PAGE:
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AWS Flow Framework for Java
Developer Guide (API Version 2012-01-25)

Implementing AWS Lambda Tasks

About AWS Lambda

AWS Lambda is a fully managed compute service that runs your code in response to events generated by custom code or from various AWS services such as Amazon S3, DynamoDB, Amazon Kinesis, Amazon SNS, and Amazon Cognito. For more information about Lambda, see the AWS Lambda Developer Guide.

Amazon Simple Workflow Service provides a Lambda task so that you can run Lambda functions in place of, or alongside traditional Amazon SWF activities.

Important

Your AWS account will be charged for Lambda executions (requests) executed by Amazon SWF on your behalf. For details about Lambda pricing, see http://aws.amazon.com/lambda/pricing/.

Benefits and Limitations of using Lambda Tasks

There are a number of benefits of using Lambda tasks in place of a traditional Amazon SWF activity:

  • Lambda tasks don’t need to be registered or versioned like Amazon SWF activity types.

  • You can use any existing Lambda functions that you've already defined in your workflows.

  • Lambda functions are called directly by Amazon SWF; there is no need for you to implement a worker program to execute them as you must do with traditional activities.

  • Lambda provides you with metrics and logs for tracking and analyzing your function executions.

There are also a number of limitations regarding Lambda tasks that you should be aware of:

  • Lambda tasks can only be run in AWS regions that provide support for Lambda. See Lambda Regions and Endpoints in the Amazon Web Services General Reference for details about the currently-supported regions for Lambda.

  • Lambda tasks are currently supported only by the base SWF HTTP API and in the AWS Flow Framework for Java. There is currently no support for Lambda tasks in the AWS Flow Framework for Ruby.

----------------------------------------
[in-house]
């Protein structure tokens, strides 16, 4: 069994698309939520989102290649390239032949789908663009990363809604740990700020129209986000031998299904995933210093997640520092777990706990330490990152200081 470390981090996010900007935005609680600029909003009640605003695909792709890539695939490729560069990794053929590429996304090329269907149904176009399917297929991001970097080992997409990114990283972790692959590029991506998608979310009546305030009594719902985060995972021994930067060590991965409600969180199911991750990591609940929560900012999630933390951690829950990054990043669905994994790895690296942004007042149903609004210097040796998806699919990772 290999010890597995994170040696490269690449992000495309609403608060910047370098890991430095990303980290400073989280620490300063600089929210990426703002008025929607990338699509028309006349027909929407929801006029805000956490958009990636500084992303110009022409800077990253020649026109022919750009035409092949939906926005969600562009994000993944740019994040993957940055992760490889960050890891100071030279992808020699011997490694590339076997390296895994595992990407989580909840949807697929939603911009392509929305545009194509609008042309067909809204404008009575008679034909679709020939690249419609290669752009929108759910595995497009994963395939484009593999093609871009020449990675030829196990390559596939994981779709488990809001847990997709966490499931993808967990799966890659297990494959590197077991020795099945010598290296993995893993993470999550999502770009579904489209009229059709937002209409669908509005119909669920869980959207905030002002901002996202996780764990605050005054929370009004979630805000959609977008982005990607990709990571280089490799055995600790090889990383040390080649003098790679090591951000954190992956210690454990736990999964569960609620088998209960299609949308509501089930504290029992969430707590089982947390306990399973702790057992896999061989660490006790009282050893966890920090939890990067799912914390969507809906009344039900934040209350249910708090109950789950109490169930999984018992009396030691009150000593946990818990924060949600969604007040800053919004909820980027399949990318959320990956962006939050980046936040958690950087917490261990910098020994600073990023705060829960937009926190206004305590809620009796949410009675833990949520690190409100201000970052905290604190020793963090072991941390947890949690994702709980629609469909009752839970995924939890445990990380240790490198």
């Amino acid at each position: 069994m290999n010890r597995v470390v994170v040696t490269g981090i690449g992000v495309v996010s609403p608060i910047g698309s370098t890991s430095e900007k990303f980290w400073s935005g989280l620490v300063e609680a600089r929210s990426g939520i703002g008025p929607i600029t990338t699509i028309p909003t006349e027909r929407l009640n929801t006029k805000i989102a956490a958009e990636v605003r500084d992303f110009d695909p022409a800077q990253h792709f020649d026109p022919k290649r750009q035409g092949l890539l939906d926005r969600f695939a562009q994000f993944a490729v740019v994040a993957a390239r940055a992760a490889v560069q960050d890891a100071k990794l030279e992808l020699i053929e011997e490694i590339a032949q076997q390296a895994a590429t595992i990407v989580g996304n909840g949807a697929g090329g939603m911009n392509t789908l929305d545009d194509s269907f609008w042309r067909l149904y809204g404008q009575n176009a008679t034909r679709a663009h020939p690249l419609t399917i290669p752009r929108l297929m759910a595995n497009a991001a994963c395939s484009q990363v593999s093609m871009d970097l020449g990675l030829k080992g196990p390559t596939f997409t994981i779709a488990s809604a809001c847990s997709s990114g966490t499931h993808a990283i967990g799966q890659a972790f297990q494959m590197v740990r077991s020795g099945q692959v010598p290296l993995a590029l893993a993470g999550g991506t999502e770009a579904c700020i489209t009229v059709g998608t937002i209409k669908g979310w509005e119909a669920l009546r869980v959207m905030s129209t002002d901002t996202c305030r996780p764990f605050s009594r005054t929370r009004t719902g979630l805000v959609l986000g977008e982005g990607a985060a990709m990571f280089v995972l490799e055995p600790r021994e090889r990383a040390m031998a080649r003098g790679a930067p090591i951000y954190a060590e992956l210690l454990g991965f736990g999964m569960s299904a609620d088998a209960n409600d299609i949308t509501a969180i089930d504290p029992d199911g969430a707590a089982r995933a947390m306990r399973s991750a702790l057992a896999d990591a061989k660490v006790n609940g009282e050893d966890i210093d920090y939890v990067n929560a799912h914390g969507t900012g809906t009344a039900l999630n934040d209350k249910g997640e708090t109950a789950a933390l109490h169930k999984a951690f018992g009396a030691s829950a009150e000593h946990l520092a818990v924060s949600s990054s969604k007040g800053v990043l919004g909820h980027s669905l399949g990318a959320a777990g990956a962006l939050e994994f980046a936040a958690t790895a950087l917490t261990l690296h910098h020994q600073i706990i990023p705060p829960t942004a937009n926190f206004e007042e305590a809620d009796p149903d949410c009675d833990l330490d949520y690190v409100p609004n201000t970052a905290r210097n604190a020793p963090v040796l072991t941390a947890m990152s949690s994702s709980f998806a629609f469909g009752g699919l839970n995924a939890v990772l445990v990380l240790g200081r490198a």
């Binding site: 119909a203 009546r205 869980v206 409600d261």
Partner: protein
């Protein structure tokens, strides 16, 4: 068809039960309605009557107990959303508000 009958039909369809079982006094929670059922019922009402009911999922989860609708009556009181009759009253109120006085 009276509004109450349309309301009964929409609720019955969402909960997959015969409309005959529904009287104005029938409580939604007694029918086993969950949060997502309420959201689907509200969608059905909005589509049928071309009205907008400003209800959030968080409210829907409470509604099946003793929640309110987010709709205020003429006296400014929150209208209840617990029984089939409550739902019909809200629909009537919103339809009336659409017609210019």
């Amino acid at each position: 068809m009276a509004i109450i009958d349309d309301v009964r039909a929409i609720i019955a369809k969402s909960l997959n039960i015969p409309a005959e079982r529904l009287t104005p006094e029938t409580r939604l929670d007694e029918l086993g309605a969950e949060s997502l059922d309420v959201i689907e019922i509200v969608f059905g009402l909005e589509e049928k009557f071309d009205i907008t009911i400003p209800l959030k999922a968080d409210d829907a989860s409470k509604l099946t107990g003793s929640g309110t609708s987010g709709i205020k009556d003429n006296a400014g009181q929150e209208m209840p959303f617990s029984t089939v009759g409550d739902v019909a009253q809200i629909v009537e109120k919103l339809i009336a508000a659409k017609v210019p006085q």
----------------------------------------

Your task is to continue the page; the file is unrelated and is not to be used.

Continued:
Using Lambda tasks in your AWS Flow Framework for Java workflows

There are three requirements to use Lambda tasks in your AWS Flow Framework for Java workflows:

  • A Lambda function to execute. You can use any Lambda function that you've defined. For more information about how to create Lambda functions, see the AWS Lambda Developer Guide.

  • An IAM role that provides access to execute Lambda functions from your Amazon SWF workflows.

  • Code to schedule the Lambda task from within your workflow.

Set up an IAM role

Before you can invoke Lambda functions from Amazon SWF you must provide an IAM role that provides access to Lambda from Amazon SWF. You can either:

  • choose a pre-defined role, AWSLambdaRole, to give your workflows permission to invoke any Lambda function associated with your account.

  • define your own policy and associated role to give workflows permission to invoke particular Lambda functions, specified by their Amazon Resource Names (ARNs).

Providing Amazon SWF with access to invoke any Lambda role

You can use the pre-defined role, AWSLambdaRole, to give your Amazon SWF workflows the ability to invoke any Lambda function associated with your account.

To use AWSLambdaRole to give Amazon SWF access to invoke Lambda functions

  1. Open the Amazon IAM console.

  2. Choose Roles, then Create New Role.

  3. Give your role a name, such as swf-lambda and choose Next Step.

  4. Under AWS Service Roles, choose Amazon SWF, and choose Next Step.

  5. On the Attach Policy screen, choose AWSLambdaRole from the list.

  6. Choose Next Step and then Create Role once you've reviewed the role.

Defining an IAM role to provide access to invoke a specific Lambda function

If you want to provide access to invoke a specific Lambda function from your workflow, you will need to define your own IAM policy.

To create an IAM policy to provide access to a particular Lambda function

  1. Open the Amazon IAM console.

  2. Choose Policies, then Create Policy.